California businessman sentenced to 9 weeks in prison in ‘Varsity Blues’ college admissions scandal
A California businessman was sentenced to nine weeks in federal prison on Wednesday after he admitted paying $75,000 to have someone mark his son’s answers on the ACT college entrance exam, according to the Massachusetts U.S. Attorney’s Office.
I-Hsin “Joey” Chen, 67, of Newport Beach, Calif., is the 35th parent convicted in the nationwide college admissions scandal known as Operation Varsity Blues, the lawyer said American Rachael Rollins in a press release.
Chen, the owner of a storage company, appeared in US District Court in Boston. He was too sentenced to pay a $75,000 fine, face a year of supervised release and must complete 100 hours of community service, Rollins said.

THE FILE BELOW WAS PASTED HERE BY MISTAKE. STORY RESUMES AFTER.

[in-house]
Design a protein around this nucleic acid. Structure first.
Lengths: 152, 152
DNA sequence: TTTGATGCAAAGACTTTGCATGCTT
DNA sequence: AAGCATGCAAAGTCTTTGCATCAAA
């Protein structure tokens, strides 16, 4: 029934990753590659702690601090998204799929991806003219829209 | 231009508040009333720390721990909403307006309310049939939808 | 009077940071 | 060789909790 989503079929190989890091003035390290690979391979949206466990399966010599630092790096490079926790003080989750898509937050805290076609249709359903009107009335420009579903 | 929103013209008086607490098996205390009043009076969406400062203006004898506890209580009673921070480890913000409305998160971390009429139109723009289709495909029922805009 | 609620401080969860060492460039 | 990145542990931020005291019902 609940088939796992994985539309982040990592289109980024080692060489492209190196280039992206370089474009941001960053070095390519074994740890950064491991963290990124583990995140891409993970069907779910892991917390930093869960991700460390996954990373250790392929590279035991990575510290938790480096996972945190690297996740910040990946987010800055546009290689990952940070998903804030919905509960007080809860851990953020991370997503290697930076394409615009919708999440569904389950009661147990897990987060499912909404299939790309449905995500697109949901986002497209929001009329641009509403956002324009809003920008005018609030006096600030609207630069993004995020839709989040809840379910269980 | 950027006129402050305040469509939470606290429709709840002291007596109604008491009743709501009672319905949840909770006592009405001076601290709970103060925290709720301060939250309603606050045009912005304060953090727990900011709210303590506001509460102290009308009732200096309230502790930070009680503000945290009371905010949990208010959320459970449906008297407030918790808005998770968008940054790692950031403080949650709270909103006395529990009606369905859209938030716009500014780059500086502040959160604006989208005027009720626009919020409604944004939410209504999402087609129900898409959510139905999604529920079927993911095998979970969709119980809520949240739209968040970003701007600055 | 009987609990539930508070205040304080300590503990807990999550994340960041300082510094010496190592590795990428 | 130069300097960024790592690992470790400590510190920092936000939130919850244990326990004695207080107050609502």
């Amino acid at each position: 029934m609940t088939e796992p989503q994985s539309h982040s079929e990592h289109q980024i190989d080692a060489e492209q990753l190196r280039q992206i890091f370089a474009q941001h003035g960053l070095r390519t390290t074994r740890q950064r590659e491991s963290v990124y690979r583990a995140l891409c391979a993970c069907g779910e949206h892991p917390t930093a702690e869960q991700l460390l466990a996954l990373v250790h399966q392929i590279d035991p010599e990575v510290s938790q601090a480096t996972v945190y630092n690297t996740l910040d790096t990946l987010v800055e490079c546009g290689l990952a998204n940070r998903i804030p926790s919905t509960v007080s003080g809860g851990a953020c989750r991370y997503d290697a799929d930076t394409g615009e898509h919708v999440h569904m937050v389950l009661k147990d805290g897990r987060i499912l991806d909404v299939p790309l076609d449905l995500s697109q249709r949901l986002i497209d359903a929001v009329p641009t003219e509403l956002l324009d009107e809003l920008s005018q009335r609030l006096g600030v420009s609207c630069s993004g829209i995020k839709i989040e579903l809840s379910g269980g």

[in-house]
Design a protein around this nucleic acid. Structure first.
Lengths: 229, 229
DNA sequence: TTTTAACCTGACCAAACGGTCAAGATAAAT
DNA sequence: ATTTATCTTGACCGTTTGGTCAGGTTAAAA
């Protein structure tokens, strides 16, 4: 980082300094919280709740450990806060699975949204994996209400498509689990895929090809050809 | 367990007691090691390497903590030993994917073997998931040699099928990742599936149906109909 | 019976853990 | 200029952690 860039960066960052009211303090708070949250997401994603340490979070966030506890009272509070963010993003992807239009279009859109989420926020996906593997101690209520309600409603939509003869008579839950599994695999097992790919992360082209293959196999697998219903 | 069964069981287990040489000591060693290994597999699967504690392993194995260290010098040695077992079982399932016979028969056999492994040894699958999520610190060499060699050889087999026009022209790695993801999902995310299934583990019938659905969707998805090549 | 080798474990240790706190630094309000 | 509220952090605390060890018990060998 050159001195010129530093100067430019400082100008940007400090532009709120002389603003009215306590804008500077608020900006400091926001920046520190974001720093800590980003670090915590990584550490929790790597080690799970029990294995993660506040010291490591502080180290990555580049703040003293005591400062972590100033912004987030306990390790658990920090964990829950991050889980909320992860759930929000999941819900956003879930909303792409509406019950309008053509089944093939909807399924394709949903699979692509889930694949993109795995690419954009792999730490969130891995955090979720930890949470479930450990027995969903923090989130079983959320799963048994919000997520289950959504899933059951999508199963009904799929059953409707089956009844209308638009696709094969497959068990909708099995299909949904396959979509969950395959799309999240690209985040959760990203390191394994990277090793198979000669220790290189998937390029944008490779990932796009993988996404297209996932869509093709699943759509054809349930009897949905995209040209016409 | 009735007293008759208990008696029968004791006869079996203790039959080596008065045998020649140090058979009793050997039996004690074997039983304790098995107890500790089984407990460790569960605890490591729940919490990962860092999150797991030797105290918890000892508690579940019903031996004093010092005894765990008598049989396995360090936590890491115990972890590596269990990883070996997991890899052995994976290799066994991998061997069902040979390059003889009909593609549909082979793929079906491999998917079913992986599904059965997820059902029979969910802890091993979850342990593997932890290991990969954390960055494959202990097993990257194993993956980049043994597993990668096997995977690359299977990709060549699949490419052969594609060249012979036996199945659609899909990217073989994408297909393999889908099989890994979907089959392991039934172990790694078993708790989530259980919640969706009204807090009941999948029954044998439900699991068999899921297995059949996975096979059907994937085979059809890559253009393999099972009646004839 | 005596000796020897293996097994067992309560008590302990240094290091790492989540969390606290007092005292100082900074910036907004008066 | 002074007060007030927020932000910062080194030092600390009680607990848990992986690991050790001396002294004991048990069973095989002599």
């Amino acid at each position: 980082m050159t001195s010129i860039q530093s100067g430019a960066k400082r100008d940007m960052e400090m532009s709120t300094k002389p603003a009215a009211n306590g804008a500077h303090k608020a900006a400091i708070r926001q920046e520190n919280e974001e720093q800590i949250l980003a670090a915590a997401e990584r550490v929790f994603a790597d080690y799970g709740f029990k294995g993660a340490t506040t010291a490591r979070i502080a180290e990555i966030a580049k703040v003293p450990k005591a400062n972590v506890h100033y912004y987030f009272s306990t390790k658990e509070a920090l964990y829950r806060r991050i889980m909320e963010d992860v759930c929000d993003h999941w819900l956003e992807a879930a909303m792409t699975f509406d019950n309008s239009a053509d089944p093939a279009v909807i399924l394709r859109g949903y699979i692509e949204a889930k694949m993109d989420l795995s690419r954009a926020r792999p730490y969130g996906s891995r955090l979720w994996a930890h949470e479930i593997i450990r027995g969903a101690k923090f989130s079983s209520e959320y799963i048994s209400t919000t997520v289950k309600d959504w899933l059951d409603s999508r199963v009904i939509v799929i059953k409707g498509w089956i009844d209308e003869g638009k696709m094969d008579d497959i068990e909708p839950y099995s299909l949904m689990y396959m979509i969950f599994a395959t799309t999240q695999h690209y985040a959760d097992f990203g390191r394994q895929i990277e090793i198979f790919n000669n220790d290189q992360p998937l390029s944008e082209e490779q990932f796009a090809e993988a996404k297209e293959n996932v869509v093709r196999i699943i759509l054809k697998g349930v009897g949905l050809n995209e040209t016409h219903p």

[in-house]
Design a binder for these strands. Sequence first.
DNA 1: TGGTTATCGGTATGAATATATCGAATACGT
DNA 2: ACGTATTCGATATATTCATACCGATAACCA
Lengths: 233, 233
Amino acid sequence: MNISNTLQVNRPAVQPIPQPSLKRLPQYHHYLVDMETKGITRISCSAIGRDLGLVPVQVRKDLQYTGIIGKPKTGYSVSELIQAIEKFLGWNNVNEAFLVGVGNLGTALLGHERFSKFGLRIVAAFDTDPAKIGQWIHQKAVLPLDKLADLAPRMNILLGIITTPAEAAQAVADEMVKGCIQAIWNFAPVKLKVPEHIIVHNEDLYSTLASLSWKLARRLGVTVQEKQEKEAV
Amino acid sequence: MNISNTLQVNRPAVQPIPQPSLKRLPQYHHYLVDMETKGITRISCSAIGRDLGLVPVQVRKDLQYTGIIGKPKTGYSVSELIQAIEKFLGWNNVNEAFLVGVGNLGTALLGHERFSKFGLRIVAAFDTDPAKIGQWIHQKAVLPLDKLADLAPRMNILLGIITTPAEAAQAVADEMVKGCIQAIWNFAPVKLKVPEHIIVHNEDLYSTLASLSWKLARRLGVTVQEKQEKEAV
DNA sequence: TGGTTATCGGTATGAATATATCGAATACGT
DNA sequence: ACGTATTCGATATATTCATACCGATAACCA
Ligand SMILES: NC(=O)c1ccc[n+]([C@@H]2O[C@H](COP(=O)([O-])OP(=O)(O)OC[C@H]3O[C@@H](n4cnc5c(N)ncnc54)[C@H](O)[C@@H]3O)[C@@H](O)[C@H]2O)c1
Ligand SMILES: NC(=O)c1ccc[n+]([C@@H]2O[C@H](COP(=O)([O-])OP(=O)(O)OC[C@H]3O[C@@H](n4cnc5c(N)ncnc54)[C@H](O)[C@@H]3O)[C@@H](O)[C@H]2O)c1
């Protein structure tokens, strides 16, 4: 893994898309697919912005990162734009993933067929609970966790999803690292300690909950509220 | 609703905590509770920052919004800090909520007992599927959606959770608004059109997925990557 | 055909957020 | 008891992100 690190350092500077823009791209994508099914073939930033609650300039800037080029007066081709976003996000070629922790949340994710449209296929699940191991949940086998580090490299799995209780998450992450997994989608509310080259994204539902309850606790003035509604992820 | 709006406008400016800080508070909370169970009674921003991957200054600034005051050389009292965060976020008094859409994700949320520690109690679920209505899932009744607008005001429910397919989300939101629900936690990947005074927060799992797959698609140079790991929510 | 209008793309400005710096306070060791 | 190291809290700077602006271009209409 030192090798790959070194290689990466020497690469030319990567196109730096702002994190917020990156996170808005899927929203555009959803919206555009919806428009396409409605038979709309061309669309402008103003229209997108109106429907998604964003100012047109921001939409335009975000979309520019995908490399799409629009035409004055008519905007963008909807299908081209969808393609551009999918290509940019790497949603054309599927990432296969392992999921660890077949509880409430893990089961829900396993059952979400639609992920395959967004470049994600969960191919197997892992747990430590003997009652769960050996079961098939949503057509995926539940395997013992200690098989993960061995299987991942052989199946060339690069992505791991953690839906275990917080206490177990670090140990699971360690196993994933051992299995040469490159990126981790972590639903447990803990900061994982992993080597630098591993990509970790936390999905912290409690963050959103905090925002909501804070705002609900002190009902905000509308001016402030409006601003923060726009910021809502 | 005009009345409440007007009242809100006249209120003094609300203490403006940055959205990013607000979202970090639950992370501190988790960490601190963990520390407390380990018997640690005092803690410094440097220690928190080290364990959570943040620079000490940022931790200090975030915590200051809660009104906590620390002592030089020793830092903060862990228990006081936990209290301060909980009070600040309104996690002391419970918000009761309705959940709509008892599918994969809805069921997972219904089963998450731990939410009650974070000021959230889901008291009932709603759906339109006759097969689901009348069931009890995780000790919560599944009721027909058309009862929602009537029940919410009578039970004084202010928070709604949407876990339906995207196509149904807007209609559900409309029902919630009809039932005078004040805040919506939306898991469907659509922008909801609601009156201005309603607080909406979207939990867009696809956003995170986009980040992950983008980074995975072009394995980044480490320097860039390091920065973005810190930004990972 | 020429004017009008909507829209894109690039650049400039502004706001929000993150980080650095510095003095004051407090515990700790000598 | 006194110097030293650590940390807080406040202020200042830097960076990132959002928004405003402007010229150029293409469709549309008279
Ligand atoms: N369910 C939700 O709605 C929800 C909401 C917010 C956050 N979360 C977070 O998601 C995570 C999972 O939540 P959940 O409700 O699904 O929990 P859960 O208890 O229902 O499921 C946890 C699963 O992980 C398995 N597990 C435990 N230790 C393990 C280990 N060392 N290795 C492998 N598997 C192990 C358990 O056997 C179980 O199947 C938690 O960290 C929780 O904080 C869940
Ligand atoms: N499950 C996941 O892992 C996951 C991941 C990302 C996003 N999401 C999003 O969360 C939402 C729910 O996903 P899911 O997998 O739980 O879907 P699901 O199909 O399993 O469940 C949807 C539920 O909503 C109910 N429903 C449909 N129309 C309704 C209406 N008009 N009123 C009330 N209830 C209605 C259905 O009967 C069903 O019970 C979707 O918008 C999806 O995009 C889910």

Chen pleaded guilty to one count of wire fraud and honest services wire fraud in December 2021.
In early 2018, Chen hired William “Rick” Singer as a college counselor for his son and arranged for the transfer of his son’s ACT exam to a Singer test center “controlled” by bribes to a “corrupt” test administrator, officials said.
There, an invigilator secretly corrected Chen’s son’s answers to artificially inflate his score. In exchange for the fraudulent score, Chen paid Singer $75,000 disguised as consulting fees for his business, prosecutors said.